I asked Charlie how he got into butchery: “I grew up in Greenwich and, never went to university. I couldn’t decide between becoming a chef or a butcher.” However, his indecision was short-lived, he explains, saying “I bought a sausage making machine and started experimenting at home. I loved it. So I moved to Leeds for a year to train at, what was at the time, the only full-time butchery course in the country.”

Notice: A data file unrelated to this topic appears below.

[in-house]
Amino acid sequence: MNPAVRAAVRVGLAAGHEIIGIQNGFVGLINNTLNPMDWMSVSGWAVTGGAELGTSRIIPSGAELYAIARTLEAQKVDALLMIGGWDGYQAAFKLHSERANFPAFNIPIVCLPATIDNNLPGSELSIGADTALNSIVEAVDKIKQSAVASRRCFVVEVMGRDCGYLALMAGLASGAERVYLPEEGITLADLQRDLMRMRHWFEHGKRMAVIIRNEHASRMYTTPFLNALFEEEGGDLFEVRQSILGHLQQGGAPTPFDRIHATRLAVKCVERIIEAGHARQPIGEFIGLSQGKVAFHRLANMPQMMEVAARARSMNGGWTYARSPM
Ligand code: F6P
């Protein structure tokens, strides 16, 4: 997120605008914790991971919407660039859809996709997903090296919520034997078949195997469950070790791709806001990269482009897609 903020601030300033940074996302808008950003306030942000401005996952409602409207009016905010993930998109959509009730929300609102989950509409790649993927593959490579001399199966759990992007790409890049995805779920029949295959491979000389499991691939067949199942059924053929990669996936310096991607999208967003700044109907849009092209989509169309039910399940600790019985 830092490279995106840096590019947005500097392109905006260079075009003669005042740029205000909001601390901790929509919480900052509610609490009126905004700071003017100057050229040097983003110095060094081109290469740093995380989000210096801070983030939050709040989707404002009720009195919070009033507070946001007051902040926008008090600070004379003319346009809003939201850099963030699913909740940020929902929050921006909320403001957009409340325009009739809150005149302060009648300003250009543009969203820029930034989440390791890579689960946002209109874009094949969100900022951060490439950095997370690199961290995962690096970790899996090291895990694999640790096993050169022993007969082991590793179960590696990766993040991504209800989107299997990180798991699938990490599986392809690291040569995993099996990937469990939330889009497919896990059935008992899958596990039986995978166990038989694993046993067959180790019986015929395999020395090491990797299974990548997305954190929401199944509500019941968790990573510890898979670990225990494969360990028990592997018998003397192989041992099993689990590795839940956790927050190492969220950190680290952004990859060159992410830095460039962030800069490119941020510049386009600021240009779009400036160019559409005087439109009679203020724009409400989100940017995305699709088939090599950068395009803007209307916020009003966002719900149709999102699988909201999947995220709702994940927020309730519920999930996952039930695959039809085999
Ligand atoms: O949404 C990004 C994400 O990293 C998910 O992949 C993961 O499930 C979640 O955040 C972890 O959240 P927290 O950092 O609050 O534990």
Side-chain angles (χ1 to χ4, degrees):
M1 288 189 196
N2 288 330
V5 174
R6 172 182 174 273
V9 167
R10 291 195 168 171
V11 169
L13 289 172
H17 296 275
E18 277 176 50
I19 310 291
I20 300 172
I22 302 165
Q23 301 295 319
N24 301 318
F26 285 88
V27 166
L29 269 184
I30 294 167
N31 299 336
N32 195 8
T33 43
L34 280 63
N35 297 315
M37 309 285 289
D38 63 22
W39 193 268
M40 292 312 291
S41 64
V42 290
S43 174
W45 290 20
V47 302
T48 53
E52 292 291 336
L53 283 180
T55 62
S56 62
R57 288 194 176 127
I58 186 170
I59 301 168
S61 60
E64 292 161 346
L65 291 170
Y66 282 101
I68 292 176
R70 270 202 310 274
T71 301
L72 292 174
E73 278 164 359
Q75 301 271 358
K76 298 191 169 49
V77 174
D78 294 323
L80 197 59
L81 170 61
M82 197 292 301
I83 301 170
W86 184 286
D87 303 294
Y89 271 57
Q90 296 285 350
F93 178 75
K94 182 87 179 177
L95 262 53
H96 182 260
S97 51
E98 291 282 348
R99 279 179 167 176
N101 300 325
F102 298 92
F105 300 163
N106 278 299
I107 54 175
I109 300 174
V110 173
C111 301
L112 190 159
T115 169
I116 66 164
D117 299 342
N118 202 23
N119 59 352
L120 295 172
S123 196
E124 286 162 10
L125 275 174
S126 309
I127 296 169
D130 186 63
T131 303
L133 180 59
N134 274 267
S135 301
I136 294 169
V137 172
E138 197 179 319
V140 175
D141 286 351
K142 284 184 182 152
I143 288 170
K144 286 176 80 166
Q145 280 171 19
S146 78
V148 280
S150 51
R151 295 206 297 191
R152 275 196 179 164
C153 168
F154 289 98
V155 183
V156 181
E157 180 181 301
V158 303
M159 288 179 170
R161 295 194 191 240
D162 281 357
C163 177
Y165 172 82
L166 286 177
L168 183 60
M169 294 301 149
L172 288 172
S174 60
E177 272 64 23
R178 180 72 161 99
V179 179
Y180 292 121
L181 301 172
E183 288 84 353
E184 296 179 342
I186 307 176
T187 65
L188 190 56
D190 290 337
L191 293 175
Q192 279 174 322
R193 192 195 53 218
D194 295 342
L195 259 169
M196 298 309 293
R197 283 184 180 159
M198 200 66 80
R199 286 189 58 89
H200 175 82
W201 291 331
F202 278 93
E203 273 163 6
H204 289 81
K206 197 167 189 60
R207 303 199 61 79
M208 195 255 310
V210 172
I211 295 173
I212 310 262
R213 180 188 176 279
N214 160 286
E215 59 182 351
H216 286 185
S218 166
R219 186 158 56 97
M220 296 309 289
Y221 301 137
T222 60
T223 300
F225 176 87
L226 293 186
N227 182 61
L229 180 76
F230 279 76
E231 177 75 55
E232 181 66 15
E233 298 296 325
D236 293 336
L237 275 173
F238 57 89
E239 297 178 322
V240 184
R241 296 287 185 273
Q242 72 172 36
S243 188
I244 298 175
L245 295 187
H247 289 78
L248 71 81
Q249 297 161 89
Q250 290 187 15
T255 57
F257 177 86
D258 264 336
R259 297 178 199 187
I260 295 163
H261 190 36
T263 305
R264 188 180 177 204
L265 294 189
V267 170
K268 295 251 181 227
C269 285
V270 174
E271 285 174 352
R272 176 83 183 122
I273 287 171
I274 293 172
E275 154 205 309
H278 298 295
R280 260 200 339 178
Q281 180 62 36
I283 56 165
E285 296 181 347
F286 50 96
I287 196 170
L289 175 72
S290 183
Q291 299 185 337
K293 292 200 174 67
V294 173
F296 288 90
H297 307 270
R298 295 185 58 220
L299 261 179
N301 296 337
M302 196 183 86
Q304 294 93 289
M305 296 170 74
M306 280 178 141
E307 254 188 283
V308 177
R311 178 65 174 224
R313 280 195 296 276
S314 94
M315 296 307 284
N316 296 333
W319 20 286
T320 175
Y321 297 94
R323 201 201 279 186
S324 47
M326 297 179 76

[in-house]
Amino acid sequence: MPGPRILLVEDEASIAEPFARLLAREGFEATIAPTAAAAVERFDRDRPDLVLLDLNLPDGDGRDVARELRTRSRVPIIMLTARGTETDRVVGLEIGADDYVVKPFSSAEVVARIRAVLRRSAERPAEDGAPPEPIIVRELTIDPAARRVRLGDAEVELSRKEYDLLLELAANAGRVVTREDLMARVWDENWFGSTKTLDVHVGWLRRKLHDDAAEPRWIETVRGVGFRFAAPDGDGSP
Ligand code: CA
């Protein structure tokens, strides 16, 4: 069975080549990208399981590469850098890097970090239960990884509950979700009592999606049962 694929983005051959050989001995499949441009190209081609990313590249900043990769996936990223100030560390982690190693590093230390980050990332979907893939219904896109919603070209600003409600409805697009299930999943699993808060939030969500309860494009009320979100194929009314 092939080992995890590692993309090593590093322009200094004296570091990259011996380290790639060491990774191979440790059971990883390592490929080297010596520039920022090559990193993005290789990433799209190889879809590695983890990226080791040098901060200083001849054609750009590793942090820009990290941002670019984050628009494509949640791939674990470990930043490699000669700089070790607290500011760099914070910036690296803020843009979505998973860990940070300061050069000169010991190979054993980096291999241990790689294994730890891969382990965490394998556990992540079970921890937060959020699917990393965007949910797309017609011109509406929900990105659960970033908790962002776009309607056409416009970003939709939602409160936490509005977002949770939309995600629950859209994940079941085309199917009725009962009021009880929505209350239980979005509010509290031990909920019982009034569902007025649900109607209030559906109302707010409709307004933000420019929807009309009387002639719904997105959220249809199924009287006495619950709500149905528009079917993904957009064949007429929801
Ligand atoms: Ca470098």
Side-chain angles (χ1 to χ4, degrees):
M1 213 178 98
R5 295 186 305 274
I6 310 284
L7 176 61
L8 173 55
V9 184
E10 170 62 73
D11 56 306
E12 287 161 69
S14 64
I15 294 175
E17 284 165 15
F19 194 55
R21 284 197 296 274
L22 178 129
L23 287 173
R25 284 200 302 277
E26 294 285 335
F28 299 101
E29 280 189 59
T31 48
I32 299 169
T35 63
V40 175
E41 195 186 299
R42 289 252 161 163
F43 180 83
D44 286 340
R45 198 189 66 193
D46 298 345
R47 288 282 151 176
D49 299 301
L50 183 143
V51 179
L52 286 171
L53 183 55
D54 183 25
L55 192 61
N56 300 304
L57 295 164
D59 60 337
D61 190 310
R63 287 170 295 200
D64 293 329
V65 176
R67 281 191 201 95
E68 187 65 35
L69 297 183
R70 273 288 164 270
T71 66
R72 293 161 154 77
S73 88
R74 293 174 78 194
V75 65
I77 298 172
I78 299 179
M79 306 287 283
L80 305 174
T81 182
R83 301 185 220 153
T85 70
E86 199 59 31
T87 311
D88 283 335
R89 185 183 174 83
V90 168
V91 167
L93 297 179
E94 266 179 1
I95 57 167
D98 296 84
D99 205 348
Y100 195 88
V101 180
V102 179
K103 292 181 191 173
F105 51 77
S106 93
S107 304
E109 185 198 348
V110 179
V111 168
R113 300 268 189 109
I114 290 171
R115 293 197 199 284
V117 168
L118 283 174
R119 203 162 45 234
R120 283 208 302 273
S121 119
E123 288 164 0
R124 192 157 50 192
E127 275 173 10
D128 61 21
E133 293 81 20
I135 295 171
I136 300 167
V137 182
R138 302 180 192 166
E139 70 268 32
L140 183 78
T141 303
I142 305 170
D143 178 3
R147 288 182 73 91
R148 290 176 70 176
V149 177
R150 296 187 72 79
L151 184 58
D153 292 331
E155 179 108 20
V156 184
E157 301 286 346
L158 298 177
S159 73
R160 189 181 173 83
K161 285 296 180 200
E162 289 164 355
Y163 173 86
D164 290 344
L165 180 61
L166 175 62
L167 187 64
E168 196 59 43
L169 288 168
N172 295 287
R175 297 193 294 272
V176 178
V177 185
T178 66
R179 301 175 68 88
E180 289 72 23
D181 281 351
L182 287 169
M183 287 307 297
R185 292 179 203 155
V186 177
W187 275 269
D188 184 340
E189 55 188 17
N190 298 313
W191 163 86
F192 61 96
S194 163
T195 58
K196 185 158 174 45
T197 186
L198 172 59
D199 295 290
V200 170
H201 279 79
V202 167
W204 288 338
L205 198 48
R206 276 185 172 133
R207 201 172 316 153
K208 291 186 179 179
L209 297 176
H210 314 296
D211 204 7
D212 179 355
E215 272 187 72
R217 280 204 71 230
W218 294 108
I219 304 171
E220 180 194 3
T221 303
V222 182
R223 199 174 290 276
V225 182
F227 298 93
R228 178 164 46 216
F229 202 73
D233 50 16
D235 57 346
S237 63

By the age of 23 he was managing the Borough Market branch of Ginger Pig, then… “After 4 years shivering outside I thought ‘it’s now or never’ so I started looking for a site to start my own business. Initially I was looking at a site in Hackney, but that fell through, and then a premises on Bellenden Road Pecham came up,” he says, explaining how he came to Peckham. “I grew up not too far away and have family in the area so I was already fond of it.” When I asked what it was about Bellenden Rd particularly that attracted him, he said “It has a good sense of community, it isn’t surrounded by chains and bookies and there’s a good variety of shops. I like that it’s mixed. There’s a car stereo place to one side and a dog parlour across the road.” However, it wasn’t all so straight forward; at one point, Charlie explains, it looked like the project wouldn’t go ahead: “The landlord said he didn’t want a butcher moving in – that was really annoying as I wasted money on solicitor’s fees. Then a smaller site became available a few doors down.” The lease was signed and the real work began… “I spent 6 months having building work done, sourcing second hand equipment on Ebay and then me and a couple of mates hired a van to get a second hand display cabinet from Manchester.” Flock and Herd finally opened in the summer of 2012.